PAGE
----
Thursday 25 February 2016

How To Prepare For Photography Photo Shoots in 3 Steps (incl. 50+ Cheap Prop Ideas!)

Ah, photography, both the bane and the beauty of the blogging world. People love them, but most people despise taking them. It's not the actual clicking of the camera in the process, it's the staging, the look, the feel, the overall execution of how it looks against your other images. Put bluntly, it's all about the aesthetics, and that's a problem, because many of us just can't do it. It doesn't have to stay that way for long, as with preparation, planning and attention paid to the time and weather, (yes, the weather!) you can get yourself all set for a really good photo shoot.

First though, you need to prepare, and that's where these steps come in..

1. Decide on photoshoot layouts in advance

I quite like coming up with different shoot ideas days in advance, which works in conjunction with my use of Lategramme to schedule those posts days, even weeks in advance. In terms of Instagram prompts, it's easy to prepare different shoots in advance for monthly challenges, so if you're looking to show off some rainbow books and want to get a few different options out of one shot, decide in advance what you want the main scene to look like, and the different ways you can shoot the scene, and incorporate it in others.

You could sketch out the scene you want to achieve, or even just make notes on the books you want to use, the shape or the colours you want to focus on, what the actual focus is, whether you want to soften the look, make it bright or bold, black and white, simple and whitespace, full to the brim, just having some sort of the idea on the kind of overall look you want before you even come to get started is always worth doing.

2. Take note of natural light at different times of day

You've heard the professionals talk about it, and even the beginners, but natural light is almost always the best option when it comes to photoshoots. Additional lighting can help, but you want your main source to be natural. Mother nature and her light can however be a pain the backside. If the light is too bright, you'll get a lot of shadow.

When I first started out with daylight photography, I would spend a few days taking practice shots at different times of day, with different coloured props, in different weather scenarios, and through that, I've established a pretty reliable system which mean I know what times of day will produce the best lighting for the photo at hand. I'll be aware of shadows, I'll be aware of glaring brightness vs no brightness at all, I'll be aware what colours show up best with different lighting and so much more.

Now I have that system, knowing when to take photos is a doddle. I take note of the weather reports in my local area, but because in Britain you're almost always prepared for rain, I never let a slightly sunny day go to waste. Just because the weather report says it'll be sunny tomorrow doesn't mean it won't piss down, so it's worth grabbing the time while you can and making the most of it. Generally, I tend to get the perfect amount of light between 1pm and 3pm in the afternoon, just after the glaring brightness has gone, but with enough brightness to get some nice colouring and deep blacks when editing. Knowing when the perfect time to shoot is, will make the shoot even better.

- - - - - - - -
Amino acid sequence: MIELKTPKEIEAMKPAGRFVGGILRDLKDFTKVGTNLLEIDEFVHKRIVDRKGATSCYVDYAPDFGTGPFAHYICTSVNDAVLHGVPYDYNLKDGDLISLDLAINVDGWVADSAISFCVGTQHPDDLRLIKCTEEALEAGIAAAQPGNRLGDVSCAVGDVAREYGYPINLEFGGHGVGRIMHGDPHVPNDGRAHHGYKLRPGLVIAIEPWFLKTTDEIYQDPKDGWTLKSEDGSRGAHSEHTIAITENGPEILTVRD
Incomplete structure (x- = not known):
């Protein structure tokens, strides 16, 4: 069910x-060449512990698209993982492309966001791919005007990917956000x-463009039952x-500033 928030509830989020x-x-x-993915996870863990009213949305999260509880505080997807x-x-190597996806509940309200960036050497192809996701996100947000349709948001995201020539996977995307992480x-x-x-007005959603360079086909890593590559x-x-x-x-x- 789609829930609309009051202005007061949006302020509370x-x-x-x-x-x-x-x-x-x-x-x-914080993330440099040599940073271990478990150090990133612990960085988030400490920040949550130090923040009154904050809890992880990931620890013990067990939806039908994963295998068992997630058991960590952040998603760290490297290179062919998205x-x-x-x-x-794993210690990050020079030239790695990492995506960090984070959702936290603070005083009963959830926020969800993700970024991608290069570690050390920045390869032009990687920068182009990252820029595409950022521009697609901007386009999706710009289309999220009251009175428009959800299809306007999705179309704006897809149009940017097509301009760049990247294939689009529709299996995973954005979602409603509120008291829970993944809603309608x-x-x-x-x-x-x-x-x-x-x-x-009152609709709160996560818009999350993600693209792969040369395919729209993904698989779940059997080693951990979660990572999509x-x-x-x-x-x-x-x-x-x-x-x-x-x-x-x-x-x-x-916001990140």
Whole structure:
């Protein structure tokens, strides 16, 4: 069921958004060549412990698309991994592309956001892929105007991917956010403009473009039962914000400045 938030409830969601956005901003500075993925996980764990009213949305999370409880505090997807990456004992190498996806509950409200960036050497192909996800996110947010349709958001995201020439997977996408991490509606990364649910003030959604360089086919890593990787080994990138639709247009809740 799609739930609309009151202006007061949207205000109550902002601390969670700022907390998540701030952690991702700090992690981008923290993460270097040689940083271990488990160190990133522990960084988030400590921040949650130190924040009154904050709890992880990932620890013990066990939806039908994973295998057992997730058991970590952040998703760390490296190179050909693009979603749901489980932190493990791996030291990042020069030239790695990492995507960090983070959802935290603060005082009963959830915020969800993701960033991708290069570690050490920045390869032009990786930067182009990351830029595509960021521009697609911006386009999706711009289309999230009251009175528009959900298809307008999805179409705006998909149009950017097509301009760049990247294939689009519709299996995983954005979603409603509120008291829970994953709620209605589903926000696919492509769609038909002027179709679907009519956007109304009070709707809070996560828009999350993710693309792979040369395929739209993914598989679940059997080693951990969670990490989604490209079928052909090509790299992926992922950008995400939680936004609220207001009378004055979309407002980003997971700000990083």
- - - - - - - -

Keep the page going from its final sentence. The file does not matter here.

3. Gather your props all in one place

I have a rather medium sized make-up and travel bag that I feature in a quite a few of my Instagram shoots, and when it's not being used as a prop, it's where I keep around 80% of my other props used, which is not only so much better in terms of organisation, but it also means I never have to spend hours looking for the perfect prop, only to lose my light, forget my set-up and cry over other people's shoots instead.

In terms of props, I tend to keep my small ones together all in one place, everything from pens, notebooks, sweets, nail polish, you name it, it's all together, while some of the larger pieces; ornaments, notepads, and the like tend to be kept on the bedside table, or in a larger box next to my bookcase. The props themselves vary in colour and style, and when I'm deciding on the overall excursion of the shot, I tend to choose the props that will accompany them. Doing this means I can have the shots all planned out and ready to roll, right before I take the photo.

Then there's only one thing left to do. Take those damn photos.

It's important to remember that, contrary to popular belief, your photos don't have to be, or look perfect. I tried the perfect white background, whitespace style and not only quickly went off it, but it didn't make diddly difference to my likes or followers. What matters is how your photos make people feel, what mood they create, and how many eyes they get in front of.

Your #hashtags matter, as does your posting time, but taking the perfect style of photo for yourself takes time, patience and a lot of practice. You won't always get the lighting perfect, or that photo you loved might look a little fuzzy and out of focus, but it's not the end of the world, because you're trying, and you're working hard on being recognised for your photography, and that's awesome.

But what kind of props can I use in my photography?

In the end, the type of props you use come down to the type of photography you're trying to create and the kind of topic for you're going for. No matter what kind of shoots you're aiming for, or the type of blogger you are, there are so many cheap prop ideas you use in your photography. In fact, here's over 50 for you to browse and try your hand at using..


  • Books, Notepads, Notebooks, Writing Pads, Sticky Notes, 
  • Pens, Pencils, Markers, Highlighters, Gel Pens, 
  • Staples, Paper Clips, Small Sellotape
  • Folders, Small Storage Containers,


  • Cups, Saucers, Mugs, Plates, Bowls, Cutlery, Utensils, 
  • Dish Towels, Chopping Boards, Lap Trays,
  • Variety of Cheap Foods: Fruits, Sweets, Chocolate, etc.


  • Vases, Ornaments, Paper Weights, Money Jars
  • Flowers, Pebbles, Stones, Candles, Candle Holders


  • Make-Up, Make-Up Brushes, Facepaint, Nail Polish, Bags